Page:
La forza del destino, Royal Opera House
It’s always news when Anna Netrebko or Jonas Kaufmann grace the stage, and doubly so when they appear together: breath is bated not only over whether these sacred monsters will be up to scratch, but whether they will appear at all. For their joint appearance Verdi’s La forza del destino at Covent Garden, black-market tickets were going at £7,000 a pair, even a month before curtain-up.
Kaufmann sings Don Alvaro who has killed the Marquis of Calatrava, the father of his beloved Leonora, here sung by the fiery Russian soprano. Alvaro had hurled his pistol to the ground in a gesture of submission, and it had gone off by accident: such was Verdi’s capricious ‘destiny’ at work in this labyrinthine story studded with disguises and mistaken identity. Cursed by her dying father, Leonora takes refuge in a monastery, while her brother Don Carlo, sung by Ludovic Tezier, pursues Alvaro in search of vengeance. Destiny decrees that Leonora and Carlo shall die, thanks to a malign series of improbable accidents, and that Alvaro shall live on in incurable remorse. The protagonists are all noble and tragic characters, but the rules of the blood-feud transcend those of basic humanity.
Christof Loy’s production is set in twentieth-century Spain and Italy, though its period references fluctuate confusingly between the Thirties and Sixties. The designs are elegantly restrained, apart from the occasional appearance of a huge video of the original murder projected onto a back wall; there are times when Loy’s blend of naturalism and stylisation, supported by finely-nuanced lighting and smart-as-a-whip movement-direction, sets up a lovely synergy with the music. Loy has managed to reflect the huge and variegated canvas on which Verdi and his librettists conceived this work, and he’s given it compelling visual momentum.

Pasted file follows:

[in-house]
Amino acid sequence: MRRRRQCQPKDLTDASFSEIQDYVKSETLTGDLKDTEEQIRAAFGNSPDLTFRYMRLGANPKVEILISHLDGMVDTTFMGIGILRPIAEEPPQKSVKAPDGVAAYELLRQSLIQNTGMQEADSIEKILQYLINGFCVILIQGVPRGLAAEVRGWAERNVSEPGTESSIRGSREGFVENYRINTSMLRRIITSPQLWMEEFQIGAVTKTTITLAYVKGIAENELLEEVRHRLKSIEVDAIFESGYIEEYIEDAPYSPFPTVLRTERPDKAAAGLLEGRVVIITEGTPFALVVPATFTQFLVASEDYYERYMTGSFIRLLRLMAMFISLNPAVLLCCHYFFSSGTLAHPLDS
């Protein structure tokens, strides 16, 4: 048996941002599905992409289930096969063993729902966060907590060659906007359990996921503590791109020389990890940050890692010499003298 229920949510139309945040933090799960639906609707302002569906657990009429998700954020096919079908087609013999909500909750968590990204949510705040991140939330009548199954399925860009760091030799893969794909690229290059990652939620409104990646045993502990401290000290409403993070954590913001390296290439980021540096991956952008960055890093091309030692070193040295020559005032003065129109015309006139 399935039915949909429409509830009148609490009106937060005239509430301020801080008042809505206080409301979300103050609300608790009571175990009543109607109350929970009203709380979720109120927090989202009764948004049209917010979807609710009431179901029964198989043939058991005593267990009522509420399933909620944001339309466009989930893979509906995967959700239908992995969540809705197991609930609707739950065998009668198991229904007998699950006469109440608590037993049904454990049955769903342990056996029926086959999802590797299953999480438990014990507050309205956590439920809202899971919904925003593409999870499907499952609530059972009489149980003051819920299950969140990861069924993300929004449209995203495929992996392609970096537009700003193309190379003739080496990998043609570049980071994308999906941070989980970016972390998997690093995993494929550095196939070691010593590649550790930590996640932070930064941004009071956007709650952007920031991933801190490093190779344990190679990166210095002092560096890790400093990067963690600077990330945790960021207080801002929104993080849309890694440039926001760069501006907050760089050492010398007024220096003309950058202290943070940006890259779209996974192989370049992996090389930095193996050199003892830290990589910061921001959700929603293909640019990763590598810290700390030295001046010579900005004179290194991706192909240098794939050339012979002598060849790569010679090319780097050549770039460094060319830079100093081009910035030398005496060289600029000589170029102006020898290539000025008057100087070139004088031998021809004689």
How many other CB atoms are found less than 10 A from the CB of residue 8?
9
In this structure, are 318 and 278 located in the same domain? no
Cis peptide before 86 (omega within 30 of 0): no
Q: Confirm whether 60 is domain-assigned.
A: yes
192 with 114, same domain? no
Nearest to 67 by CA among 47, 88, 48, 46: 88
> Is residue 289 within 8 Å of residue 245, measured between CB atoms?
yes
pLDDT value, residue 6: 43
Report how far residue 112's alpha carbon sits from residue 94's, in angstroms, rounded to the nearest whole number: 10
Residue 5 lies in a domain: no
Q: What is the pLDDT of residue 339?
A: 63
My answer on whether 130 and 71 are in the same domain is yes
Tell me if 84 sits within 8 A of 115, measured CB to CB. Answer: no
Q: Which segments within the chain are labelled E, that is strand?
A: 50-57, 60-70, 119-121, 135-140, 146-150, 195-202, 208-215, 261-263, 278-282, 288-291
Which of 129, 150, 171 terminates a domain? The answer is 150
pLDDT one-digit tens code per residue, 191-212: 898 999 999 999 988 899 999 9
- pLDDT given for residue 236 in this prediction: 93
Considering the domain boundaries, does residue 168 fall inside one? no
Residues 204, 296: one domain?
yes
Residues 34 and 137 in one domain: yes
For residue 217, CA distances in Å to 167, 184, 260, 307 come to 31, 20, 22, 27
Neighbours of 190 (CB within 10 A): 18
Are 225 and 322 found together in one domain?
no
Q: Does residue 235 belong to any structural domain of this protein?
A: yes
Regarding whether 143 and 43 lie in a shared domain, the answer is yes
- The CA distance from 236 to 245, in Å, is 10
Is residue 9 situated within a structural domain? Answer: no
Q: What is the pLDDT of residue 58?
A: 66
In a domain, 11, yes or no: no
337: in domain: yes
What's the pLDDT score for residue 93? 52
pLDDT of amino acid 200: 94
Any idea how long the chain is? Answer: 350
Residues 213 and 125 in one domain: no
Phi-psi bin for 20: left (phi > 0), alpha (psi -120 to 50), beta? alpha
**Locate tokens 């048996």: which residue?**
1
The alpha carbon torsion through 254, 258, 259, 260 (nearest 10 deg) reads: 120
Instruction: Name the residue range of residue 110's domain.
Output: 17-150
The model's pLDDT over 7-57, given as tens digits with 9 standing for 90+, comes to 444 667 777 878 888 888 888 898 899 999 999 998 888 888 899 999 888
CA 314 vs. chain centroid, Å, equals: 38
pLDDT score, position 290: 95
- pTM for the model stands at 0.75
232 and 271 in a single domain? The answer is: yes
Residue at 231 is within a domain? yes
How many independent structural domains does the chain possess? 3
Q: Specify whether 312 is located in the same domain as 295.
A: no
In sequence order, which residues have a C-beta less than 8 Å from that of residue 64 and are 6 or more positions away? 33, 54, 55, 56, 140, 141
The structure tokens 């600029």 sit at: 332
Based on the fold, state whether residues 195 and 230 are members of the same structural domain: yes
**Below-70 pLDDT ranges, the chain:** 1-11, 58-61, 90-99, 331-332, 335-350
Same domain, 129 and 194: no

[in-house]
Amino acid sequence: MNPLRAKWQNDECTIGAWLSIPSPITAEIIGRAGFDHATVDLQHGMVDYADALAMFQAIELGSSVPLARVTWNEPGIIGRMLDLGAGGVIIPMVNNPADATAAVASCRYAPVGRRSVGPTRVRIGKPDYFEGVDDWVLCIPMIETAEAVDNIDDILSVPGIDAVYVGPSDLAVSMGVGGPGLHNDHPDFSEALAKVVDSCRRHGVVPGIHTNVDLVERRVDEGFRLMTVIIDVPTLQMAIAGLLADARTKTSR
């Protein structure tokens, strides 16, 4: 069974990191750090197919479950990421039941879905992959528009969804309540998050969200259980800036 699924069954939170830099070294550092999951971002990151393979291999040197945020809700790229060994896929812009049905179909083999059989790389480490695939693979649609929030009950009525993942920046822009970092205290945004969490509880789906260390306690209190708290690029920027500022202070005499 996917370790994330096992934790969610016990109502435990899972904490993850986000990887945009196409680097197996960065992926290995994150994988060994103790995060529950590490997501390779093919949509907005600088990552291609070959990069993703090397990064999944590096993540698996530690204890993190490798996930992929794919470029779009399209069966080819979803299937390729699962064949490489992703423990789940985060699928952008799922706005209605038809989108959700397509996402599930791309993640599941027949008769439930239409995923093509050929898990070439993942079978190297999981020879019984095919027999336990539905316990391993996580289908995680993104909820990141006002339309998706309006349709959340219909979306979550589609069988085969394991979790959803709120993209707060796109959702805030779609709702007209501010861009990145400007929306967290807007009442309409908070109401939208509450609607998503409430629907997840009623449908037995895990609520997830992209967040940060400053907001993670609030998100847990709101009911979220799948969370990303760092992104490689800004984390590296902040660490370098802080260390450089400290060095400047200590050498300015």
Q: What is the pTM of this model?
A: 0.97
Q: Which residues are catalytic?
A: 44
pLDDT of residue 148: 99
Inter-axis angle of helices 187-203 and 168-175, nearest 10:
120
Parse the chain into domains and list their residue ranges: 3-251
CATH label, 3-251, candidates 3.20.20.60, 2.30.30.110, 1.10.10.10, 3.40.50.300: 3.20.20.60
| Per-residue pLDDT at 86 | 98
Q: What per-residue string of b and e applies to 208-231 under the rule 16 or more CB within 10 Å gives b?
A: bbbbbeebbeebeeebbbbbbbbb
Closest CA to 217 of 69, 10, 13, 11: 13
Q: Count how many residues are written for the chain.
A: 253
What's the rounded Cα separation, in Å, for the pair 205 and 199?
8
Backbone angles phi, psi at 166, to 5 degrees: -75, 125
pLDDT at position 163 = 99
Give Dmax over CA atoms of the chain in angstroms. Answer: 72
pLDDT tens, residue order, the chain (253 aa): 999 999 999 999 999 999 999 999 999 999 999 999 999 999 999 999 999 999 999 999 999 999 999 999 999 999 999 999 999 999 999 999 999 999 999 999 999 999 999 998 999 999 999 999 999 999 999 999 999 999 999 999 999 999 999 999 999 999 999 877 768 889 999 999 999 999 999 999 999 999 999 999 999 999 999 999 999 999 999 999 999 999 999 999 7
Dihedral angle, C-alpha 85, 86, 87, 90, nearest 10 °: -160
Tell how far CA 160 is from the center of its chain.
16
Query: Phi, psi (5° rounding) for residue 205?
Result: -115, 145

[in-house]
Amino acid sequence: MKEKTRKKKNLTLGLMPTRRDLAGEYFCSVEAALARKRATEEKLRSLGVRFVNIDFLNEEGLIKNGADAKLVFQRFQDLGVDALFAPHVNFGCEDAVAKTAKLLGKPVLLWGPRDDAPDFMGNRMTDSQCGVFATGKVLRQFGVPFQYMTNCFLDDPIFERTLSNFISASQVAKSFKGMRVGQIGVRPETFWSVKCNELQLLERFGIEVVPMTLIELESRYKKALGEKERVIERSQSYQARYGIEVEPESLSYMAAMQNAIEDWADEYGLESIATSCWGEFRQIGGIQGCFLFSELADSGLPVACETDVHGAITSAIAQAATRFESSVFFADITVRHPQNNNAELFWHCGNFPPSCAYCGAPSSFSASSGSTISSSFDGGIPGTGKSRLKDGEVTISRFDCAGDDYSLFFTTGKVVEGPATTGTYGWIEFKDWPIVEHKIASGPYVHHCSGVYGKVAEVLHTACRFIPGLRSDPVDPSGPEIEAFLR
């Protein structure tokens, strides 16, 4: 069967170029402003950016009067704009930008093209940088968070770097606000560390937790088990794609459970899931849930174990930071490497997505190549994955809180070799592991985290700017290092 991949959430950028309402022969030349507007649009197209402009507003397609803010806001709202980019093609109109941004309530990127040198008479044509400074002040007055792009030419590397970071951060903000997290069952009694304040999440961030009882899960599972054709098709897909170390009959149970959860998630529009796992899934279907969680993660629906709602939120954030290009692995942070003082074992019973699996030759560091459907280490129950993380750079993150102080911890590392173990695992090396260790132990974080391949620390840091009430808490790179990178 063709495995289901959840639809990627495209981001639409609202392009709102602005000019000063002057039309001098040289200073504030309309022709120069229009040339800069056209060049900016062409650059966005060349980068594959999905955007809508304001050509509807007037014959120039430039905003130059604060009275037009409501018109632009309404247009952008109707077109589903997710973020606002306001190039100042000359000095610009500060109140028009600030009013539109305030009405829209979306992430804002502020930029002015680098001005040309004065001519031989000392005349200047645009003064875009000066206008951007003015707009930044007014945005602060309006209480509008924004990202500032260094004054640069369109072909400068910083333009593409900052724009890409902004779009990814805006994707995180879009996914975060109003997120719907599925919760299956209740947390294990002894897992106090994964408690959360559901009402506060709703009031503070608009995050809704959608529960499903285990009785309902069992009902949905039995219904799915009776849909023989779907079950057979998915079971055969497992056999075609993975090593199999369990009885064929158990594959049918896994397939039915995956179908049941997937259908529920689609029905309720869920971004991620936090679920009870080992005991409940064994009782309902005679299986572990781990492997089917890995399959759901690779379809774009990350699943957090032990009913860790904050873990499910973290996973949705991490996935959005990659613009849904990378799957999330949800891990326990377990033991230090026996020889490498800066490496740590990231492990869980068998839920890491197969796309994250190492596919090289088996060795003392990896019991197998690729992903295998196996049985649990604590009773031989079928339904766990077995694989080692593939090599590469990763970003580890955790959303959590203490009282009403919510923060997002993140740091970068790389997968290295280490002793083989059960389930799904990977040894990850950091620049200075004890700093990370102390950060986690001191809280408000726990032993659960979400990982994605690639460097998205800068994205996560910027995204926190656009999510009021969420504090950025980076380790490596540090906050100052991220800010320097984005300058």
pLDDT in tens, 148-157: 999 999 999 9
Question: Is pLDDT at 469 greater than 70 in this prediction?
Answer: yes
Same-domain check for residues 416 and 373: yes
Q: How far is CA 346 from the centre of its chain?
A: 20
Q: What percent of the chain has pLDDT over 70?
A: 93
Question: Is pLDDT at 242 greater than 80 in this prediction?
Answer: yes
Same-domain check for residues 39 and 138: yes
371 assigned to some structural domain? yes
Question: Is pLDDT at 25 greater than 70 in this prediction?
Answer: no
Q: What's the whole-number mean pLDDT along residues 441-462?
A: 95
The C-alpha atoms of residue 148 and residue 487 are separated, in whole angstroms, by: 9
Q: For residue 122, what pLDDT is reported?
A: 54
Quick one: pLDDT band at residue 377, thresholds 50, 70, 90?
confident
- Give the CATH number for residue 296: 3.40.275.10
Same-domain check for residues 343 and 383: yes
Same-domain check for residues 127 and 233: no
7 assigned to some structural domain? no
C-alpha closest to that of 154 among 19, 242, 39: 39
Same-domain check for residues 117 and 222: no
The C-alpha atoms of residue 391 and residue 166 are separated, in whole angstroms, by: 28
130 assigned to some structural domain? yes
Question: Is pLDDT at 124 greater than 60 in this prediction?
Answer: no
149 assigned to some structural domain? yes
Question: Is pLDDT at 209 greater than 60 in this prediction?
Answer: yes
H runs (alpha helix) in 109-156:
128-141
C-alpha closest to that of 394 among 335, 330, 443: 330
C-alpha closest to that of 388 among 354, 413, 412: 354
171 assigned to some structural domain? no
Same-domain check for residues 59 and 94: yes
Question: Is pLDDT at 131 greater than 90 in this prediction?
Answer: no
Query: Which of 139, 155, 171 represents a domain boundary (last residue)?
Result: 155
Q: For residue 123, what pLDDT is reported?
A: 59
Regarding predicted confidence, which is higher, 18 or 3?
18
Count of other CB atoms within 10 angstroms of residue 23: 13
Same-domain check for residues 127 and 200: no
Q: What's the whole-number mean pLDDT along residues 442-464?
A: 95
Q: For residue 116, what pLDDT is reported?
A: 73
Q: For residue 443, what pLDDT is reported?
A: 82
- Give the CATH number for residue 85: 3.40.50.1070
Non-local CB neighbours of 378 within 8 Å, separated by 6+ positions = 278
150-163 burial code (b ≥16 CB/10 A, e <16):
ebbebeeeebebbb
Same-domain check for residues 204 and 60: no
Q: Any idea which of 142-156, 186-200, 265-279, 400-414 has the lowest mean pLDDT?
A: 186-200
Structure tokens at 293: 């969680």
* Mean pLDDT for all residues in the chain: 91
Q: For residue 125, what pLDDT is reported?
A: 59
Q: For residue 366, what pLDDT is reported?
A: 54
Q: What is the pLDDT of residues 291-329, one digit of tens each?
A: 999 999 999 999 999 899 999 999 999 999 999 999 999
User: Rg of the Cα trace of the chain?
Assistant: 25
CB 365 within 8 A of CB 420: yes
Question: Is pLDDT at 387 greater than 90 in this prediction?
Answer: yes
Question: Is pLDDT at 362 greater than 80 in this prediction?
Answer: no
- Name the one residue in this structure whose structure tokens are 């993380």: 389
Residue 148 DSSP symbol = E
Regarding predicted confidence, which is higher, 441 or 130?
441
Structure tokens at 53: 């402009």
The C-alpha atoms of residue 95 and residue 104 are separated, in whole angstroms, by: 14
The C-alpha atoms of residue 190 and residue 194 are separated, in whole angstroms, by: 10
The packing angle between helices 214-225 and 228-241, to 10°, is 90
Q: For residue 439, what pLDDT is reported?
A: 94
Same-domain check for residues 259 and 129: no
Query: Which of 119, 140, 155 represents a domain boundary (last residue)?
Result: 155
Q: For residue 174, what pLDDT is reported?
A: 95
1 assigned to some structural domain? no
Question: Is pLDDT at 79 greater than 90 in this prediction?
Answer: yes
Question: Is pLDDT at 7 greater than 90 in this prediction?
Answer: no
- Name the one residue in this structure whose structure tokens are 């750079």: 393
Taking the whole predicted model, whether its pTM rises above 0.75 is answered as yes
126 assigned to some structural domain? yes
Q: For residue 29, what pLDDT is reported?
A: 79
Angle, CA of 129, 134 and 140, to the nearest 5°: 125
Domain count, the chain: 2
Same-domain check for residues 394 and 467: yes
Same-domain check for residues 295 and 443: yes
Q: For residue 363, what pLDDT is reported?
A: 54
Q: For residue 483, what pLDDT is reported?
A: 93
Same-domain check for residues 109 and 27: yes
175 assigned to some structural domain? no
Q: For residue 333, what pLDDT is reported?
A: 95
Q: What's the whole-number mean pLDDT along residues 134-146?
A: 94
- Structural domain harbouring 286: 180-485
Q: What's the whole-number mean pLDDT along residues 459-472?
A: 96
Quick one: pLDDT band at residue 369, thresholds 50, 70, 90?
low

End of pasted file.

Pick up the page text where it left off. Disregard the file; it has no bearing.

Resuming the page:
The scene in which Leonora, surrounded by monks, bids her farewell to the world and enters her cave as an anchorite is beautifully imagined (though one does wonder why the monks aren’t at least mildly excited by the fact that they’re importing a young woman). The off-duty high jinks in the army camp where the disguised protagonists are holed up spurred Verdi to write some infectiously carnivalesque dances, and Loy and his choreographer Otto Pichler have in turn been spurred to create something which is pure Broadway. Antonio Pappano spins this exhilaratingly along from the pit; all it lacks is a lead gypsy singer with the vocal charisma to carry it off.
The cast includes two great Italian performers – Allessandro Corbelli as the travelling pedlar, and Ferruccio Furlanetto as Padre Guardiano, whose wonderfully resonant bass grounds the whole production. Ludovic Tezier’s Carlo makes the perfect foil for Kaufmann’s Alvaro, and it’s nice to report that the central pair are at the very top of their form. Netrebko’s Leonora is a mature woman in her splendid prime, rather than a vulnerable girl, but her singing is simply sublime, power and pathos under the smoothest control. Kaufmann’s top notes have the usual heroic gleam and his pianissimi are gorgeously focused, and although he’s put on weight recently he’s entirely convincing in his high-Romantic role.